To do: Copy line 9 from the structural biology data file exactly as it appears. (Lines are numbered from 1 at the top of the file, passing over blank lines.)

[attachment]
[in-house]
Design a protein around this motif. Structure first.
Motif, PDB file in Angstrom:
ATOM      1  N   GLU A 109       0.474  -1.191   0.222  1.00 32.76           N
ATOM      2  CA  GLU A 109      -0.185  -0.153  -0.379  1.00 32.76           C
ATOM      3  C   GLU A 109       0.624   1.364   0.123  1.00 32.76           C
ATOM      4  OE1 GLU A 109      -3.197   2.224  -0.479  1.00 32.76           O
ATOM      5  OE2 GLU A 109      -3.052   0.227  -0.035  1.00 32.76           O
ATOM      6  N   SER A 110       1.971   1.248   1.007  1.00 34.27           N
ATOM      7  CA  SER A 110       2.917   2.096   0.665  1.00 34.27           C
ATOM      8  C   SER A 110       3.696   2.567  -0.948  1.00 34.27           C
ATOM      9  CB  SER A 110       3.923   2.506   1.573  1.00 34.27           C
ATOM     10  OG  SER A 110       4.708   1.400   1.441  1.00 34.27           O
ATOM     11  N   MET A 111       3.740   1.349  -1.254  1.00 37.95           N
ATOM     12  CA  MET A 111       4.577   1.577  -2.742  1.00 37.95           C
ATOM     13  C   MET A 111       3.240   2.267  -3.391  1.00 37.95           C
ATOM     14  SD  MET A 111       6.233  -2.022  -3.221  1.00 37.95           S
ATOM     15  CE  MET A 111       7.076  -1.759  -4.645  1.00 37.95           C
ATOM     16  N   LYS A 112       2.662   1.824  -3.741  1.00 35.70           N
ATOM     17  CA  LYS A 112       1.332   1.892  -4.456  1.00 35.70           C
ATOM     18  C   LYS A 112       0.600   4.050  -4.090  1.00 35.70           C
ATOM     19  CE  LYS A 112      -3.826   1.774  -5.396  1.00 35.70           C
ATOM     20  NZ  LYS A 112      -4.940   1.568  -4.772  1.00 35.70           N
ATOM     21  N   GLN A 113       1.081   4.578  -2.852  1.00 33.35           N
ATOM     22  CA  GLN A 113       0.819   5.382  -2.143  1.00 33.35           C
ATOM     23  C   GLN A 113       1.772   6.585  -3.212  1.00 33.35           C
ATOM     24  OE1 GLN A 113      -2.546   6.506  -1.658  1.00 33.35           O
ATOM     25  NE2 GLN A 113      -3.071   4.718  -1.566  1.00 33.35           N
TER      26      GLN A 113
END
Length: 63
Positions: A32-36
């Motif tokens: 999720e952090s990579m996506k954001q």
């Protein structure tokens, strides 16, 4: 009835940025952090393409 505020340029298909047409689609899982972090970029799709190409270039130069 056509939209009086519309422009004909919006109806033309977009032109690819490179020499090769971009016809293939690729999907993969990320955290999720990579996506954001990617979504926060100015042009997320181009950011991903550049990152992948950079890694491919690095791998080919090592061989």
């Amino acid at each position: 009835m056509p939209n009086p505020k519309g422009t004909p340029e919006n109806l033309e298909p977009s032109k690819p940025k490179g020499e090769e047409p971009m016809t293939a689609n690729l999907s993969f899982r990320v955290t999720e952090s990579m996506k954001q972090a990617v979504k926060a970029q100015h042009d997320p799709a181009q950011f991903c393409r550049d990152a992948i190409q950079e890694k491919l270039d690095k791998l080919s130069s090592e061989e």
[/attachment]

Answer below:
ATOM      6  N   SER A 110       1.971   1.248   1.007  1.00 34.27           N